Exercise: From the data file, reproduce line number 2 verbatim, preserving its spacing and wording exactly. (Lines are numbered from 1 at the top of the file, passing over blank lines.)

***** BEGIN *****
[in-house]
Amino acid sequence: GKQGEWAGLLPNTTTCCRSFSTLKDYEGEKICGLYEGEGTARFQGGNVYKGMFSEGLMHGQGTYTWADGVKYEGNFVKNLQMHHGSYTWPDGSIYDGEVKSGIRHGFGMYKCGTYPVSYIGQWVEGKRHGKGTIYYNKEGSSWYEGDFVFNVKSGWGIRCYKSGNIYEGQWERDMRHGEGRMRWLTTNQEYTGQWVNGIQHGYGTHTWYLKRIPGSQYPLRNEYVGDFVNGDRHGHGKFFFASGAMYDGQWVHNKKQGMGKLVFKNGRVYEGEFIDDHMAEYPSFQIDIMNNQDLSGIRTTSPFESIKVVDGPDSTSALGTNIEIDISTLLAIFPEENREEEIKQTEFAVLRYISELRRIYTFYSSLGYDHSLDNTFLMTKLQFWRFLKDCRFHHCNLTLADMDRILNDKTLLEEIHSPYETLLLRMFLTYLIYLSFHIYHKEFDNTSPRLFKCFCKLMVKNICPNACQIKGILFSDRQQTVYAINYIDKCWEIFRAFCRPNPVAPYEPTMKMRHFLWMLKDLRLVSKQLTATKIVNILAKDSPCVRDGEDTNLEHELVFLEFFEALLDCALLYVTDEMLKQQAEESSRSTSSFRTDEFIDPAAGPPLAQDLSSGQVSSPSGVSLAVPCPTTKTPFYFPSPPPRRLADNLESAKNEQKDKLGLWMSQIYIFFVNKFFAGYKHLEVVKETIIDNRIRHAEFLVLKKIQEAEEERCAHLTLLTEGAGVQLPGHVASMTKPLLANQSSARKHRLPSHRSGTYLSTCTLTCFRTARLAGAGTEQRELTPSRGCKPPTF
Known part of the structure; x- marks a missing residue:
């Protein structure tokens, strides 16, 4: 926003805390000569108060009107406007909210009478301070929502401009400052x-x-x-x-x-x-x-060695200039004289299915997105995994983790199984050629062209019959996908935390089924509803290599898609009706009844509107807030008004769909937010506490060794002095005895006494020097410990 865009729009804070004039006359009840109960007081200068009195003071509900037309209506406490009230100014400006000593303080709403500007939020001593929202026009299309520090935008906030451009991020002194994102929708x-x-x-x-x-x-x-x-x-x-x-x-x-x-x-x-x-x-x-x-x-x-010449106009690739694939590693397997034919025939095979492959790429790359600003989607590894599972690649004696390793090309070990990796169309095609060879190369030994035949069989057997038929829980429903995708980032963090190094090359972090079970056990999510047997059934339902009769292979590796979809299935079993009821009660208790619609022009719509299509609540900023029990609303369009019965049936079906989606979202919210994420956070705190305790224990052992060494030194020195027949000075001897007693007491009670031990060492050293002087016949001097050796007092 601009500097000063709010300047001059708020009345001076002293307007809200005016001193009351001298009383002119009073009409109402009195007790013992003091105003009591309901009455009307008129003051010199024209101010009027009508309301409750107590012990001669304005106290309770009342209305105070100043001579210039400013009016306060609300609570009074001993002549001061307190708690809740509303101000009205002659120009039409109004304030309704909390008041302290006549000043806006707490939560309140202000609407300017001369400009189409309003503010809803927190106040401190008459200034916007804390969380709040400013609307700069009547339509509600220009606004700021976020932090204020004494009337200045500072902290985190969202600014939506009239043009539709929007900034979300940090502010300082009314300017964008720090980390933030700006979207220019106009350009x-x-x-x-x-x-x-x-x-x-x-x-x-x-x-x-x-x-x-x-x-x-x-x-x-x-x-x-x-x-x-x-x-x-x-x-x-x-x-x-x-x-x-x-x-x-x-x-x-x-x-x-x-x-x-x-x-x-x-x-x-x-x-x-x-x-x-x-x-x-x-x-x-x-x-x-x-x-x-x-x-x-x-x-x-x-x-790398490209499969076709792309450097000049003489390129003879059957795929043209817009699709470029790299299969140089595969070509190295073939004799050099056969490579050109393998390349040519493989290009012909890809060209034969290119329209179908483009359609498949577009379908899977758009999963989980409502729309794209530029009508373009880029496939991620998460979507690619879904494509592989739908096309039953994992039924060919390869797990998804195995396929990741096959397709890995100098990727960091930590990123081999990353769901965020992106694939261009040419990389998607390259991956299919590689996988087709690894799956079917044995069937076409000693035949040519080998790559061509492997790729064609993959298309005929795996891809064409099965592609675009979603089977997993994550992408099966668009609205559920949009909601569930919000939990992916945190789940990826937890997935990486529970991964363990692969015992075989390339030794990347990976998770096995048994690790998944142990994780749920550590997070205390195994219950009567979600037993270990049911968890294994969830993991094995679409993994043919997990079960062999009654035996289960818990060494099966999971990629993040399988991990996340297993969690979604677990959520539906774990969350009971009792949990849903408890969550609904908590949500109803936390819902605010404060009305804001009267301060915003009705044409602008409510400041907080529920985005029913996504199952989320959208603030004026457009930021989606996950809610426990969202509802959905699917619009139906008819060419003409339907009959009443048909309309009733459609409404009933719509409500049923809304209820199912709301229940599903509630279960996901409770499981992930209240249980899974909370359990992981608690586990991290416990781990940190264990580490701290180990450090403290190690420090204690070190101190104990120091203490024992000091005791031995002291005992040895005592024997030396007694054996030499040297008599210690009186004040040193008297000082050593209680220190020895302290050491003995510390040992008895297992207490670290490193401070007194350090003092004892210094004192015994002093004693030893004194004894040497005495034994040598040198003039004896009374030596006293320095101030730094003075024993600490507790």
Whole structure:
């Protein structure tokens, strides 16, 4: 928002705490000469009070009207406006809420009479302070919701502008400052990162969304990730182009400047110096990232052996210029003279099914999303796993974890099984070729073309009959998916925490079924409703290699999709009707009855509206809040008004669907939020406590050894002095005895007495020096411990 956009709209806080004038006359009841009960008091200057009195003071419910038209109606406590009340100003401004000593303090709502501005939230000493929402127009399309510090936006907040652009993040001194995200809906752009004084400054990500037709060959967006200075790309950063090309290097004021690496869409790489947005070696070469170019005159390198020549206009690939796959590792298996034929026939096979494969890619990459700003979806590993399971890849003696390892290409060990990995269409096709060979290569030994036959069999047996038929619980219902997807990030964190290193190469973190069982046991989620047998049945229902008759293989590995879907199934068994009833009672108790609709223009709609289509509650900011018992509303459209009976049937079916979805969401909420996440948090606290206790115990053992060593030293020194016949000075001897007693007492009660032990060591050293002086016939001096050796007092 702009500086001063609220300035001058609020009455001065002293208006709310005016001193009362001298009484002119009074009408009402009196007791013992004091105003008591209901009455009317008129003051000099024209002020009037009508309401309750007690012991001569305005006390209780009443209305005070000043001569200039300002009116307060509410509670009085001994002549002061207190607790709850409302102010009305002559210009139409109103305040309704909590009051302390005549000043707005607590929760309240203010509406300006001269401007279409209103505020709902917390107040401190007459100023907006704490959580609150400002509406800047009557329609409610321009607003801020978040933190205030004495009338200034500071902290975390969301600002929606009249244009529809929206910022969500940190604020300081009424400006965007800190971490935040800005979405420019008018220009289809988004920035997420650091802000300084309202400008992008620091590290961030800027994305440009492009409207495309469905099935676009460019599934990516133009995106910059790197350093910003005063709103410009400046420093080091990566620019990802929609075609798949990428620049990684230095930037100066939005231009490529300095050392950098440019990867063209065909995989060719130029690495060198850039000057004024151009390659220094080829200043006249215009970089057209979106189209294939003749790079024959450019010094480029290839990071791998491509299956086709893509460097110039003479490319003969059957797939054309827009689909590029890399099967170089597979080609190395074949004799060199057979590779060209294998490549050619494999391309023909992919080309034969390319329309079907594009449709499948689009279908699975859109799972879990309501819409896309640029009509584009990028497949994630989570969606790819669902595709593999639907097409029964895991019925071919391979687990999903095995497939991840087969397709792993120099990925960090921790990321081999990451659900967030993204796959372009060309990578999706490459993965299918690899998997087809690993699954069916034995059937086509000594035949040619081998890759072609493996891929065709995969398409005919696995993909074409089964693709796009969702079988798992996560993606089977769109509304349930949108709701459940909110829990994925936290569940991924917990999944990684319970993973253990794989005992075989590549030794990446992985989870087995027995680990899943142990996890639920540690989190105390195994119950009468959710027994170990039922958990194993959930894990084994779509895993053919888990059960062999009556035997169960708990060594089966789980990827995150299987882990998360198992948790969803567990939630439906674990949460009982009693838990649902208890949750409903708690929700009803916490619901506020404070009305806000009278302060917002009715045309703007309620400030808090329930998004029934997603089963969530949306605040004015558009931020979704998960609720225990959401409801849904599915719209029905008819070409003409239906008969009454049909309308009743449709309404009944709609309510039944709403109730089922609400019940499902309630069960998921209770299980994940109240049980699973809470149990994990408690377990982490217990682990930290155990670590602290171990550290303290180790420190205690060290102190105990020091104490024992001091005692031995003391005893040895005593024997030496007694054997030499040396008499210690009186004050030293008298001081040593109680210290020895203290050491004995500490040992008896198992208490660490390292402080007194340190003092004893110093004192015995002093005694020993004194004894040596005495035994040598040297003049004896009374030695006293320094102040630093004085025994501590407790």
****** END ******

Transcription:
Amino acid sequence: GKQGEWAGLLPNTTTCCRSFSTLKDYEGEKICGLYEGEGTARFQGGNVYKGMFSEGLMHGQGTYTWADGVKYEGNFVKNLQMHHGSYTWPDGSIYDGEVKSGIRHGFGMYKCGTYPVSYIGQWVEGKRHGKGTIYYNKEGSSWYEGDFVFNVKSGWGIRCYKSGNIYEGQWERDMRHGEGRMRWLTTNQEYTGQWVNGIQHGYGTHTWYLKRIPGSQYPLRNEYVGDFVNGDRHGHGKFFFASGAMYDGQWVHNKKQGMGKLVFKNGRVYEGEFIDDHMAEYPSFQIDIMNNQDLSGIRTTSPFESIKVVDGPDSTSALGTNIEIDISTLLAIFPEENREEEIKQTEFAVLRYISELRRIYTFYSSLGYDHSLDNTFLMTKLQFWRFLKDCRFHHCNLTLADMDRILNDKTLLEEIHSPYETLLLRMFLTYLIYLSFHIYHKEFDNTSPRLFKCFCKLMVKNICPNACQIKGILFSDRQQTVYAINYIDKCWEIFRAFCRPNPVAPYEPTMKMRHFLWMLKDLRLVSKQLTATKIVNILAKDSPCVRDGEDTNLEHELVFLEFFEALLDCALLYVTDEMLKQQAEESSRSTSSFRTDEFIDPAAGPPLAQDLSSGQVSSPSGVSLAVPCPTTKTPFYFPSPPPRRLADNLESAKNEQKDKLGLWMSQIYIFFVNKFFAGYKHLEVVKETIIDNRIRHAEFLVLKKIQEAEEERCAHLTLLTEGAGVQLPGHVASMTKPLLANQSSARKHRLPSHRSGTYLSTCTLTCFRTARLAGAGTEQRELTPSRGCKPPTF